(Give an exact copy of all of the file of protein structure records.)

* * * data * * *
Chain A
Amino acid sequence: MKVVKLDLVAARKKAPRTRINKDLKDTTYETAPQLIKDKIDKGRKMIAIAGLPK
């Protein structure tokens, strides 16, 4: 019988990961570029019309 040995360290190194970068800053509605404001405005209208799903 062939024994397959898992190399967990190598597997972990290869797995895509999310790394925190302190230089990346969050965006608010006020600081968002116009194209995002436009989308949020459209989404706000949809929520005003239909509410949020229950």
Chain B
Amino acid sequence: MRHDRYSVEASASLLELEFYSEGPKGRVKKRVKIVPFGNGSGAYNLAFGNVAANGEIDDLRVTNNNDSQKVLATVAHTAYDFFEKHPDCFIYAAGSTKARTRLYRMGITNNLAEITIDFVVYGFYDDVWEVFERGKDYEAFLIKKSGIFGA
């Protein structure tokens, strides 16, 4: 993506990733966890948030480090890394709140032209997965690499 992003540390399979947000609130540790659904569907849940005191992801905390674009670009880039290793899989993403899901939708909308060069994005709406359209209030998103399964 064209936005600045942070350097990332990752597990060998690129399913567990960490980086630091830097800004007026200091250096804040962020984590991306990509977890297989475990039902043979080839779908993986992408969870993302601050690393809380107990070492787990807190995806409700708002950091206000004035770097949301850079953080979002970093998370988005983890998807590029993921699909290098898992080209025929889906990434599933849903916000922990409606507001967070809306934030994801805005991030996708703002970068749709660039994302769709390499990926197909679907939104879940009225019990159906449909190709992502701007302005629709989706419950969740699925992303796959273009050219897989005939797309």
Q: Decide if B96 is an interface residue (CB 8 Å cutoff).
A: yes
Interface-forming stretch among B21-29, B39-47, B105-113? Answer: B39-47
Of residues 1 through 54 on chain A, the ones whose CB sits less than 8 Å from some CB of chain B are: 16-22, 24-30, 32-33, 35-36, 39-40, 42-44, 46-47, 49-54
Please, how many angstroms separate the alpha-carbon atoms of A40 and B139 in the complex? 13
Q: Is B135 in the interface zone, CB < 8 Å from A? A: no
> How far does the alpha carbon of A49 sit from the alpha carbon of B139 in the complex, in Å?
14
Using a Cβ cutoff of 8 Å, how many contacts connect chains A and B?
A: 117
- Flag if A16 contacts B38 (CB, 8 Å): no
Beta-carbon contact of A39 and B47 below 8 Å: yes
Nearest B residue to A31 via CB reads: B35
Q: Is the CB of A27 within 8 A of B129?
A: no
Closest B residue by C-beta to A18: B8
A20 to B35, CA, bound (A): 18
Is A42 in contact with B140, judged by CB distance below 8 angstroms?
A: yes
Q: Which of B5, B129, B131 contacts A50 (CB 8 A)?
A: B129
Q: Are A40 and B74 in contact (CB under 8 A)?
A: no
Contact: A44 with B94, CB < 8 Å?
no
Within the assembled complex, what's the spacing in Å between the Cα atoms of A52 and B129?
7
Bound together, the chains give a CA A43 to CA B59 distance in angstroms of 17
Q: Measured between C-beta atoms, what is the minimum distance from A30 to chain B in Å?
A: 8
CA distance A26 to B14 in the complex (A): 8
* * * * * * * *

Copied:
Chain A
Amino acid sequence: MKVVKLDLVAARKKAPRTRINKDLKDTTYETAPQLIKDKIDKGRKMIAIAGLPK
């Protein structure tokens, strides 16, 4: 019988990961570029019309 040995360290190194970068800053509605404001405005209208799903 062939024994397959898992190399967990190598597997972990290869797995895509999310790394925190302190230089990346969050965006608010006020600081968002116009194209995002436009989308949020459209989404706000949809929520005003239909509410949020229950």
Chain B
Amino acid sequence: MRHDRYSVEASASLLELEFYSEGPKGRVKKRVKIVPFGNGSGAYNLAFGNVAANGEIDDLRVTNNNDSQKVLATVAHTAYDFFEKHPDCFIYAAGSTKARTRLYRMGITNNLAEITIDFVVYGFYDDVWEVFERGKDYEAFLIKKSGIFGA
């Protein structure tokens, strides 16, 4: 993506990733966890948030480090890394709140032209997965690499 992003540390399979947000609130540790659904569907849940005191992801905390674009670009880039290793899989993403899901939708909308060069994005709406359209209030998103399964 064209936005600045942070350097990332990752597990060998690129399913567990960490980086630091830097800004007026200091250096804040962020984590991306990509977890297989475990039902043979080839779908993986992408969870993302601050690393809380107990070492787990807190995806409700708002950091206000004035770097949301850079953080979002970093998370988005983890998807590029993921699909290098898992080209025929889906990434599933849903916000922990409606507001967070809306934030994801805005991030996708703002970068749709660039994302769709390499990926197909679907939104879940009225019990159906449909190709992502701007302005629709989706419950969740699925992303796959273009050219897989005939797309």
Q: Decide if B96 is an interface residue (CB 8 Å cutoff).
A: yes
Interface-forming stretch among B21-29, B39-47, B105-113? Answer: B39-47
Of residues 1 through 54 on chain A, the ones whose CB sits less than 8 Å from some CB of chain B are: 16-22, 24-30, 32-33, 35-36, 39-40, 42-44, 46-47, 49-54
Please, how many angstroms separate the alpha-carbon atoms of A40 and B139 in the complex? 13
Q: Is B135 in the interface zone, CB < 8 Å from A? A: no
> How far does the alpha carbon of A49 sit from the alpha carbon of B139 in the complex, in Å?
14
Using a Cβ cutoff of 8 Å, how many contacts connect chains A and B?
A: 117
- Flag if A16 contacts B38 (CB, 8 Å): no
Beta-carbon contact of A39 and B47 below 8 Å: yes
Nearest B residue to A31 via CB reads: B35
Q: Is the CB of A27 within 8 A of B129?
A: no
Closest B residue by C-beta to A18: B8
A20 to B35, CA, bound (A): 18
Is A42 in contact with B140, judged by CB distance below 8 angstroms?
A: yes
Q: Which of B5, B129, B131 contacts A50 (CB 8 A)?
A: B129
Q: Are A40 and B74 in contact (CB under 8 A)?
A: no
Contact: A44 with B94, CB < 8 Å?
no
Within the assembled complex, what's the spacing in Å between the Cα atoms of A52 and B129?
7
Bound together, the chains give a CA A43 to CA B59 distance in angstroms of 17
Q: Measured between C-beta atoms, what is the minimum distance from A30 to chain B in Å?
A: 8
CA distance A26 to B14 in the complex (A): 8